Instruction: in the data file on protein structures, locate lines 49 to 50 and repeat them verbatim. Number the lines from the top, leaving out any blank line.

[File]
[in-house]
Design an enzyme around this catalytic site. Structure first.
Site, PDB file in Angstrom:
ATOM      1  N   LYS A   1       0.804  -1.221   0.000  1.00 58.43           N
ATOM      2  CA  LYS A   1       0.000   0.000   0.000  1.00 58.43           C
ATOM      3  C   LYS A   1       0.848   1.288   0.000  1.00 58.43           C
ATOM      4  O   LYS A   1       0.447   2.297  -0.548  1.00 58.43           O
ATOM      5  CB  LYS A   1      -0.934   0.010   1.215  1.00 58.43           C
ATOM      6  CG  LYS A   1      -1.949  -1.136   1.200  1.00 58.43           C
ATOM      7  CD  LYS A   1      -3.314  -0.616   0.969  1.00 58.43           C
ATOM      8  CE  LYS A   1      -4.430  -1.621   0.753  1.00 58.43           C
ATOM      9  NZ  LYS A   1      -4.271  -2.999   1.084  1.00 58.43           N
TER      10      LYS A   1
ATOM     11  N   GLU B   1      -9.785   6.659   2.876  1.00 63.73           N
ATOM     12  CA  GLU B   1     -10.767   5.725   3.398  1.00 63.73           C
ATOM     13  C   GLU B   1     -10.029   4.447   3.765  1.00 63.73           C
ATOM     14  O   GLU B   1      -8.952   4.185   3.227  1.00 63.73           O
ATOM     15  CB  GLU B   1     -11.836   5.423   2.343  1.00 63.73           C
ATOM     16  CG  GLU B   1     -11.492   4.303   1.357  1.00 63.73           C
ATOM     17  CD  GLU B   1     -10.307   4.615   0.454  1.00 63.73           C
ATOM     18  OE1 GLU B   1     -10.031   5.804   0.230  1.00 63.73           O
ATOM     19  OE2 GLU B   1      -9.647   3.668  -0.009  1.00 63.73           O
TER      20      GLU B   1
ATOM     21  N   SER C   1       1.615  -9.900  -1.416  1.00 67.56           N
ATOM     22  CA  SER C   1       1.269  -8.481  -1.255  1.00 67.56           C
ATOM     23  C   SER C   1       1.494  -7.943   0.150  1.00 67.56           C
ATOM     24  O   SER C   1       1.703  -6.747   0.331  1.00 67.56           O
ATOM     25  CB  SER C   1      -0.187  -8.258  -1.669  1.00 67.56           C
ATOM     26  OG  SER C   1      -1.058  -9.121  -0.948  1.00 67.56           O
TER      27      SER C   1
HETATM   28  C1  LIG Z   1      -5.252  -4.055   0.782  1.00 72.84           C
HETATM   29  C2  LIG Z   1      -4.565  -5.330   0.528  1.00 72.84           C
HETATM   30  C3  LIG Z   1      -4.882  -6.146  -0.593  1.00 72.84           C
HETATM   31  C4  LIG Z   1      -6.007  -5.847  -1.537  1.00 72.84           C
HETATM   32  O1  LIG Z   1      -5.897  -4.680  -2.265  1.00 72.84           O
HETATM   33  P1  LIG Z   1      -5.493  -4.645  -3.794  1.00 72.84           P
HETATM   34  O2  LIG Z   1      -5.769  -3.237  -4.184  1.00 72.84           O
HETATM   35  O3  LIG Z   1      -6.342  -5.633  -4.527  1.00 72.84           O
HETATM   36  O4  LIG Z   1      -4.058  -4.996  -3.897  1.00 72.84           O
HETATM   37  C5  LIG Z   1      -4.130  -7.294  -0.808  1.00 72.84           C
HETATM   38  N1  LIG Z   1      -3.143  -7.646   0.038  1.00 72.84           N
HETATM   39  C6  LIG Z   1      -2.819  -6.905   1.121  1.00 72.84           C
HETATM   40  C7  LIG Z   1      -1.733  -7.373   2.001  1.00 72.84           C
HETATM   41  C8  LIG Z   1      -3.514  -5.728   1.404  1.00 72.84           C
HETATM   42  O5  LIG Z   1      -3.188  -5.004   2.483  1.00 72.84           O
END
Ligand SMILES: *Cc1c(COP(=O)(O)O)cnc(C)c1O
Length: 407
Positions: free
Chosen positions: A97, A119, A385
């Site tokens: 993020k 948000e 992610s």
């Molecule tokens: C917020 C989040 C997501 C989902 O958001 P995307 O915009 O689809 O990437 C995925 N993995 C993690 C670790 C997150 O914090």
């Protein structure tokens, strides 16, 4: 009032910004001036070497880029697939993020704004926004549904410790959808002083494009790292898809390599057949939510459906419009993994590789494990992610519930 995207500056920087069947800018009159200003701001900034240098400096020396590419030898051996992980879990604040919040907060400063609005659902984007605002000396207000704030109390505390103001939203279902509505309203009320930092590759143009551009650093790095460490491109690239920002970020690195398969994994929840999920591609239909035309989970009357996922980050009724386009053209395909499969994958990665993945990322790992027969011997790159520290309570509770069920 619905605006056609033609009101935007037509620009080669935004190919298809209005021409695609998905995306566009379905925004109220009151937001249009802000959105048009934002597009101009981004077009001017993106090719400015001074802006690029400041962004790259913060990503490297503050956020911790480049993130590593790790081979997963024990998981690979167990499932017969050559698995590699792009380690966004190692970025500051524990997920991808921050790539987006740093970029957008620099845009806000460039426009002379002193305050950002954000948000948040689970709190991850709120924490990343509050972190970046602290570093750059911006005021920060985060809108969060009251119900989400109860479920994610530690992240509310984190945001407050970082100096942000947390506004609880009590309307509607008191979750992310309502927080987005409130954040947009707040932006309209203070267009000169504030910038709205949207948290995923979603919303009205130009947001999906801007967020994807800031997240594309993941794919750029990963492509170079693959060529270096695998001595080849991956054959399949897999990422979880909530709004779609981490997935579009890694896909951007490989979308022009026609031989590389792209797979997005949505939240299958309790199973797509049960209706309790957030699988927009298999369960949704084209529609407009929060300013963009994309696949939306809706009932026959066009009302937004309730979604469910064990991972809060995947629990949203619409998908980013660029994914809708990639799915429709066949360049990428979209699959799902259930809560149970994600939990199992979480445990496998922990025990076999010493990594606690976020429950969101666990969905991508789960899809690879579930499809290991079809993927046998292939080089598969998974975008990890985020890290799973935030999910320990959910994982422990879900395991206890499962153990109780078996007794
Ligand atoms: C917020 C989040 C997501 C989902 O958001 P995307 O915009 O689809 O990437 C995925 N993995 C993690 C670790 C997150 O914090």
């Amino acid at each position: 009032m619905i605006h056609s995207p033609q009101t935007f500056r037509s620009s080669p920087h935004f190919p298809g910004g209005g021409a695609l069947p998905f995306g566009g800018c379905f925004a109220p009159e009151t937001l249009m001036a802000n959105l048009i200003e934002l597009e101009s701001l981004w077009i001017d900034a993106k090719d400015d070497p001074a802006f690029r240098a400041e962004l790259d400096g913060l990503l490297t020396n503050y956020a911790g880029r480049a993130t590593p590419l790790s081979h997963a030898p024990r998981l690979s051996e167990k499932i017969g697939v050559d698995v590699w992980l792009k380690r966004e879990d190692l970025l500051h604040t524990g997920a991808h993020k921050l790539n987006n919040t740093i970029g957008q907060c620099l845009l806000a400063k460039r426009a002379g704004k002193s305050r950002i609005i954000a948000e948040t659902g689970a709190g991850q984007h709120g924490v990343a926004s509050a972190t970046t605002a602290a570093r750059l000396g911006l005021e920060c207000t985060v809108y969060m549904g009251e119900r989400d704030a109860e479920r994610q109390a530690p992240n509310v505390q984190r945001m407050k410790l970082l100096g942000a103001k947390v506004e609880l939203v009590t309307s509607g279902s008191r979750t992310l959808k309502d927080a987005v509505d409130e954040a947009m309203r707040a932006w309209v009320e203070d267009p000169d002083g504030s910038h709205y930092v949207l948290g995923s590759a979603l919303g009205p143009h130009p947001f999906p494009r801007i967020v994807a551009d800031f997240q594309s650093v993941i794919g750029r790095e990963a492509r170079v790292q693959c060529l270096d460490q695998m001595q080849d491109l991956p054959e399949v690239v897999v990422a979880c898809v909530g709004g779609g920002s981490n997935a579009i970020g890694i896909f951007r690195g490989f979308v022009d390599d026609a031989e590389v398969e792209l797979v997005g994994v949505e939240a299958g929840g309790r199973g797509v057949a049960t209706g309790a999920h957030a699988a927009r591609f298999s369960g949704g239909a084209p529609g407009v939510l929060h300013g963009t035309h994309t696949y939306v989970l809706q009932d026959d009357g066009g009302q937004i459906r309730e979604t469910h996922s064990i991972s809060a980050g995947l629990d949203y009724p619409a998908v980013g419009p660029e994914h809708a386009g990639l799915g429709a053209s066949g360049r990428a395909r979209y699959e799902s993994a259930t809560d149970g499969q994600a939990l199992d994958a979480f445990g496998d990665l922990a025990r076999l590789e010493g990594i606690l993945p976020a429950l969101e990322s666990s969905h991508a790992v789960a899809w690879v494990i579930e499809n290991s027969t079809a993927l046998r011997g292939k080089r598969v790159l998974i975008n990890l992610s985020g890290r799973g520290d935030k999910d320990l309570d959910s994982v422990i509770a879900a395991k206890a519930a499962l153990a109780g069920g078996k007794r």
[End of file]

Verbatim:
Positions: free
Chosen positions: A97, A119, A385